The 2018 Nissan Leaf small electric hatchback looks like it will be a very safe choice for buyers. And we mean that very literally. Euro NCAP, the organization responsible for crash tests and safety ratings in Europe tested the Leaf and gave it five stars out of five for overall safety. The safety rating is based on four categories with a maximum score of 100 percent in any one. The Leaf earned a 93 percent for adult occupant safety, 86 percent for children, 71 percent for pedestrians, and 71 percent for safety assists.
In comparison with the Chevy Bolt EV, known as the Opel or Vauxhall Ampera-e in Europe, the Leaf wins out. The Bolt/Ampera-e got four stars, and its scores of 82 percent and 73 percent for adult and child safety respectively are clearly worse. The GM electric did get better pedestrian and assist scores of 75 and 72 percent respectively, though.
The idea of electric cars is that they're meant to help reduce our carbon footprint in the world. However there are some questions, such as what do companies do with the used batteries after they've done? Do they simply throw them away? While different companies probably have different approaches, Nissan has an idea: use them to power street lights.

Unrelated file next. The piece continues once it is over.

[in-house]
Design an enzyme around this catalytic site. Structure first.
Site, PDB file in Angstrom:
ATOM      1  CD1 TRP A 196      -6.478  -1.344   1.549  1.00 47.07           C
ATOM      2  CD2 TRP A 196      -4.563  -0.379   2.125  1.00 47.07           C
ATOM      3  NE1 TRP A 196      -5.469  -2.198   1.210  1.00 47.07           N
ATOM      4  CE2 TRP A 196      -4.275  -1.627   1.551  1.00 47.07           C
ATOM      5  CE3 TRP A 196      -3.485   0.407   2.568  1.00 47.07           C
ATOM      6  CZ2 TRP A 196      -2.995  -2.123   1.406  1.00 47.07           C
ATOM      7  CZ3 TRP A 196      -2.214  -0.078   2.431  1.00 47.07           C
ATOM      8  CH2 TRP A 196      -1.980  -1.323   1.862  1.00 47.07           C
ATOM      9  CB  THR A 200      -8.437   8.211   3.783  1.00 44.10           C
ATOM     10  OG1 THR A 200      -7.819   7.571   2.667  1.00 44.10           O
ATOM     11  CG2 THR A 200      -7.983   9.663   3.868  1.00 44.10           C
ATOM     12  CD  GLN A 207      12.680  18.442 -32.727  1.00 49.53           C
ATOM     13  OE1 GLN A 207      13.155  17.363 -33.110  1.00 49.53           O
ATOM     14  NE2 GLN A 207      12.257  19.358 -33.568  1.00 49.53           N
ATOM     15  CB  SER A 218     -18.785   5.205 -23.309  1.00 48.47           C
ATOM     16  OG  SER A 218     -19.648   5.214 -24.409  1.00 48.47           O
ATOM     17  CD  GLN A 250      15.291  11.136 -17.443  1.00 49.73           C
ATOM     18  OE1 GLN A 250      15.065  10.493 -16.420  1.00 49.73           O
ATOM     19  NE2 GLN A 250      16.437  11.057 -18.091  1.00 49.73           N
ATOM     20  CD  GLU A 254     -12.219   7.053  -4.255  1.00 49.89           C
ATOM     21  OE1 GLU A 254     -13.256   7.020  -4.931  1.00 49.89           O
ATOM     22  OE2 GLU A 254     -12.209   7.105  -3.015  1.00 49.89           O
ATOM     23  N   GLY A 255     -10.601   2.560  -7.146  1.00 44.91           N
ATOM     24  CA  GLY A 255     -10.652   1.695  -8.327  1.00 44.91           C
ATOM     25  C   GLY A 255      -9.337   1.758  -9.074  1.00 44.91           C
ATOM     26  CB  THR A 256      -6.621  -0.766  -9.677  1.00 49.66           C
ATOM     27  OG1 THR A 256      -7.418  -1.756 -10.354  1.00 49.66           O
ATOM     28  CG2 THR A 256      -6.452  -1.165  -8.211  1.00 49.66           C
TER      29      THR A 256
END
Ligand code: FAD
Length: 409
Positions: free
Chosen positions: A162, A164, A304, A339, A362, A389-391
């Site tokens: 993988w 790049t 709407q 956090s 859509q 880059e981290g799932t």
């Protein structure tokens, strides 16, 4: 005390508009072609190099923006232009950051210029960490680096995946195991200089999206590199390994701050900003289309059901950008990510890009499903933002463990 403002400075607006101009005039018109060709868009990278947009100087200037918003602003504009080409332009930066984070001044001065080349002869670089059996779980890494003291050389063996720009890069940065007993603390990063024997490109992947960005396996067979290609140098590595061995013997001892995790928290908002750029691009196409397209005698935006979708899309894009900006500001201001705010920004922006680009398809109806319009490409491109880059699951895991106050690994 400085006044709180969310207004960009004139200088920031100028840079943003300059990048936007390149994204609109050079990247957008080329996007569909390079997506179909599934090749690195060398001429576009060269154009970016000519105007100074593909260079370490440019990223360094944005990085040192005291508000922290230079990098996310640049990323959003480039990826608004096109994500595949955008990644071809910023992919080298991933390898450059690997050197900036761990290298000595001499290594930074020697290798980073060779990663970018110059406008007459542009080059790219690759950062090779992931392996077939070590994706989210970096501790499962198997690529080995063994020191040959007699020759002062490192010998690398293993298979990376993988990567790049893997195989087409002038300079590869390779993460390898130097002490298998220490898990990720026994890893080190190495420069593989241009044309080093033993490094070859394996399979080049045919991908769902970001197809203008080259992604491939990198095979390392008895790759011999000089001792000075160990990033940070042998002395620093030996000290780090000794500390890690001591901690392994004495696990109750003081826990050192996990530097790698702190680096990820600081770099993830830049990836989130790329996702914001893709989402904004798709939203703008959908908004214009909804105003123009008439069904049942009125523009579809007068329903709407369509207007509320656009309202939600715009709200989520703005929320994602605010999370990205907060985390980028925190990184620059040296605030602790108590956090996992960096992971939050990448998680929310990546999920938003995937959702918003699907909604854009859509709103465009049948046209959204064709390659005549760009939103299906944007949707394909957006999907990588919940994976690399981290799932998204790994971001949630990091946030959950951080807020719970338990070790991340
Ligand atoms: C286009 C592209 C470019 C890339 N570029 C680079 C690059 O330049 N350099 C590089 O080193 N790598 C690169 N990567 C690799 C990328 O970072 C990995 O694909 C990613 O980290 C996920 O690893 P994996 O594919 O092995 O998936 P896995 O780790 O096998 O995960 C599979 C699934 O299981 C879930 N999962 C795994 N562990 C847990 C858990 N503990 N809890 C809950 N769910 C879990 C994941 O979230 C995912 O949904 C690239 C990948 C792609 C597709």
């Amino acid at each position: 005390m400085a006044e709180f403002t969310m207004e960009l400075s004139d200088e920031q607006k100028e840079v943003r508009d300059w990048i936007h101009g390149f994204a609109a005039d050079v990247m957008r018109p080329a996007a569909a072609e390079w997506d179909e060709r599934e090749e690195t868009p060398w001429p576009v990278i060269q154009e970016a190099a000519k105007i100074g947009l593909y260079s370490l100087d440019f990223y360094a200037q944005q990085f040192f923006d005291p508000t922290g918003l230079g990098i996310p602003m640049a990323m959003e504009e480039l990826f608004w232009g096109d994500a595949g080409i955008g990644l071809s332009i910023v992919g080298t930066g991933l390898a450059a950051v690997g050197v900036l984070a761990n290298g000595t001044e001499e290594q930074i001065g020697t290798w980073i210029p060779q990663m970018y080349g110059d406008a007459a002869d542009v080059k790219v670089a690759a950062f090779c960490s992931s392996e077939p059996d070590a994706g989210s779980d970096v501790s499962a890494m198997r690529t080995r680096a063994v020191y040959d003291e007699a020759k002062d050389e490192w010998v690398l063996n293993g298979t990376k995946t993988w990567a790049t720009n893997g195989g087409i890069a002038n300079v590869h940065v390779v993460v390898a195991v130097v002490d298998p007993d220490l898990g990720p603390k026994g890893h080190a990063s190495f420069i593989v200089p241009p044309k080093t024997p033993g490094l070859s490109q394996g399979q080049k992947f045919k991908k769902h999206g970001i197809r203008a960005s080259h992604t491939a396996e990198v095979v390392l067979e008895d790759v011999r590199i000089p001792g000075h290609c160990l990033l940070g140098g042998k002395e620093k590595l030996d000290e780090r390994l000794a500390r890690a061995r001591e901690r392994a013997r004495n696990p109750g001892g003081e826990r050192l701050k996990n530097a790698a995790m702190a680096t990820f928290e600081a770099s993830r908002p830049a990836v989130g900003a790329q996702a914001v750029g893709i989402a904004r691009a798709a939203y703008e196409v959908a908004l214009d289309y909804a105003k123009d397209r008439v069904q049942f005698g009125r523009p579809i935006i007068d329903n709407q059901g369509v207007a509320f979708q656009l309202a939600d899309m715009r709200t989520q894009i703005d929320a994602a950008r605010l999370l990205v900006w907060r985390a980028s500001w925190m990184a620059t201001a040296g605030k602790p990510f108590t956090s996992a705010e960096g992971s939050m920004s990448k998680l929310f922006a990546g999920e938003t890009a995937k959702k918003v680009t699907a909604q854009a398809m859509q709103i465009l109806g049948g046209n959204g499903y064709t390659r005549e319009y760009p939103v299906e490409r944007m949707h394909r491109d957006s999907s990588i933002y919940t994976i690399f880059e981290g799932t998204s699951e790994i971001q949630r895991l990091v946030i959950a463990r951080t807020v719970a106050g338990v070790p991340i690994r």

In a program dubbed "The Reborn Light", this sees Nissan take recycled Nissan Leaf batteries and use them to power street lights. This will involve the use of a solar panel that will be used to charge the batteries so that at night, the batteries can then be used to provide lights on the street for both pedestrians and traffic.